This is the year of appreciating Billy Donovan. The Gators' coach, who might be the most underrated leader in the college game, is finally getting more of the applause he's deserved for so long. On Friday, mentor Rick Pitino said Donovan deserves his name on the Gators' home court, and on a campus where statues to Steve Spurrier and Tim Tebow stand, that tribute seems obvious and a little late.

Asked if there should be a Billy Donovan Court, Machen said, "Damn right." He said the school is currently raising money for a renovation of the basketball facilities and, "We’re going to honor him in some way."

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There are a few reasons Donovan hasn’t been mentioned in the same breath as someone like Michigan State’s Tom Izzo, despite having a better career winning percentage.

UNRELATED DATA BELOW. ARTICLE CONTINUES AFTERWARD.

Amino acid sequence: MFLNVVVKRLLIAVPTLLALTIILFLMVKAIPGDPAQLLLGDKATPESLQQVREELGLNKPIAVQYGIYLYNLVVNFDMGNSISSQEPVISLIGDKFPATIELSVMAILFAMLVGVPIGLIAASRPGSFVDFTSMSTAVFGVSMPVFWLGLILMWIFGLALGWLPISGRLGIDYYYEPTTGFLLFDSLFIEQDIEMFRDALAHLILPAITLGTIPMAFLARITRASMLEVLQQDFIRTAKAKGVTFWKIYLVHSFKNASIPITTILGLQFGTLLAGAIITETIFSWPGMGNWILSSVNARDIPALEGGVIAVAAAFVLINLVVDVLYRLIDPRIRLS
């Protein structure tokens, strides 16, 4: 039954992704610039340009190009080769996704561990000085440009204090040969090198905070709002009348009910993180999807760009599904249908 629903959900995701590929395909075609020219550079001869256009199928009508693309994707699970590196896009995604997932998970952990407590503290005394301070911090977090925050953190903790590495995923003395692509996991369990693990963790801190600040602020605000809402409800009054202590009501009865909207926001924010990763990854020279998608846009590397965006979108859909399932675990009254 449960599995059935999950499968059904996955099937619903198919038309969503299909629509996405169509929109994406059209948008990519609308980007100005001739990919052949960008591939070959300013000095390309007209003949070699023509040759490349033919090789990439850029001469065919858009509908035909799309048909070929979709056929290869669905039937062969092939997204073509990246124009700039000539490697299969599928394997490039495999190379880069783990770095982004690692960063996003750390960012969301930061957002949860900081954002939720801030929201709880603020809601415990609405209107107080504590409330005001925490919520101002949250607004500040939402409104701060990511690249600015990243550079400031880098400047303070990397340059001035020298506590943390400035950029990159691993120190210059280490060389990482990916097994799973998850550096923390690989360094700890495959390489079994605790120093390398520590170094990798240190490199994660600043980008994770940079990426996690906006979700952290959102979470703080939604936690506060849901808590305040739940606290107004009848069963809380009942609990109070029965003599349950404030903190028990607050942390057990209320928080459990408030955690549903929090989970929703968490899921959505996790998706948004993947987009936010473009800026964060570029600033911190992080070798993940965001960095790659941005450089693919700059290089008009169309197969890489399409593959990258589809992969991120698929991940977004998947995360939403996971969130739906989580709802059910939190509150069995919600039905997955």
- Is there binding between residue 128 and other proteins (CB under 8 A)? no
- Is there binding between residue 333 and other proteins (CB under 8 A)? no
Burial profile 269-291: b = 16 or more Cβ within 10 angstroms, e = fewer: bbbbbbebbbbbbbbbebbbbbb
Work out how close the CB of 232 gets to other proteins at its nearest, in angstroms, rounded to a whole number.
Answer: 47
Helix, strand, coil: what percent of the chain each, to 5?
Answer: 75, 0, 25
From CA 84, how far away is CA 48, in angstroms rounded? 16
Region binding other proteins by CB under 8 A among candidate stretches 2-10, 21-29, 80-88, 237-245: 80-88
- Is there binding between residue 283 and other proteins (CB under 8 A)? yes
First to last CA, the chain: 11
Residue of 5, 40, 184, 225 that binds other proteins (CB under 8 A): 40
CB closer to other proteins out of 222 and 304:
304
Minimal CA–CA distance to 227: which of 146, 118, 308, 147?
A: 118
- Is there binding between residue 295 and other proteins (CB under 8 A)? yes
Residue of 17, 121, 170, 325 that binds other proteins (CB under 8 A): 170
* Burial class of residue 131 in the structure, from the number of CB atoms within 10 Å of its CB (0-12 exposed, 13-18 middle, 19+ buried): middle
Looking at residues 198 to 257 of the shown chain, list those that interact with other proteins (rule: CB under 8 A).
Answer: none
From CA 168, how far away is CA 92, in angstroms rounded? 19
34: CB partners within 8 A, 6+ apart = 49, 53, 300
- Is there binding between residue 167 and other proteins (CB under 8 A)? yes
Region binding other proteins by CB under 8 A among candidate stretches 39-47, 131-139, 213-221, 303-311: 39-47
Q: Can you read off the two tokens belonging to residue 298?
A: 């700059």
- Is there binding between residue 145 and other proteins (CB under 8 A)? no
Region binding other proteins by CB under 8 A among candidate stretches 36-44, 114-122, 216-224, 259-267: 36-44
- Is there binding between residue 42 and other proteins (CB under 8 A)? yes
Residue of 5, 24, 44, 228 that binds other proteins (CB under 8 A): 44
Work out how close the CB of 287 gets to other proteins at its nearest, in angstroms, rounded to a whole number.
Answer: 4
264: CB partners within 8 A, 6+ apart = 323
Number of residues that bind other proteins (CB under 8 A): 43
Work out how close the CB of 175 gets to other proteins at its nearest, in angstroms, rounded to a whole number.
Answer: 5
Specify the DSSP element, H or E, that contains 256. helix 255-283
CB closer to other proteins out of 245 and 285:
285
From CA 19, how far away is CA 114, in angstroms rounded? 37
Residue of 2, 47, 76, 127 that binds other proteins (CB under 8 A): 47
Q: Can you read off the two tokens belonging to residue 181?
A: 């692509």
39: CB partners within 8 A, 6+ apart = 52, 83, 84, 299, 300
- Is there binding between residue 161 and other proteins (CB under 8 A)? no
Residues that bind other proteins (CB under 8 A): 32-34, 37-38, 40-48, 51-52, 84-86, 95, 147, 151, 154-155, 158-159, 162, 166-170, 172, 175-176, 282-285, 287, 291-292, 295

First, Florida is a football school. The springtime game that gets most people around these parts talking is the Spring Game. Second, Donovan is not animated. He's thoughtful, passionate but not a court-stomper. He doesn't go "Boom" like football coach Will Muschamp. When Young brought the house down and brought Belichick up to his feet, Donovan smoothed out his tie and stood there without a reaction. Third, there's an outdated sentiment that Donovan can recruit but not coach. He brought in a lot of NBA talent early in his career, and won two NCAA titles, but the feeling was that "anyone" could go the distance with Joakim Noah, Corey Brewer and Al Horford. Nearly a decade later, Donovan is on the doorstep of a fourth straight Elite Eight with guys who won't likely make the first round of the NBA draft.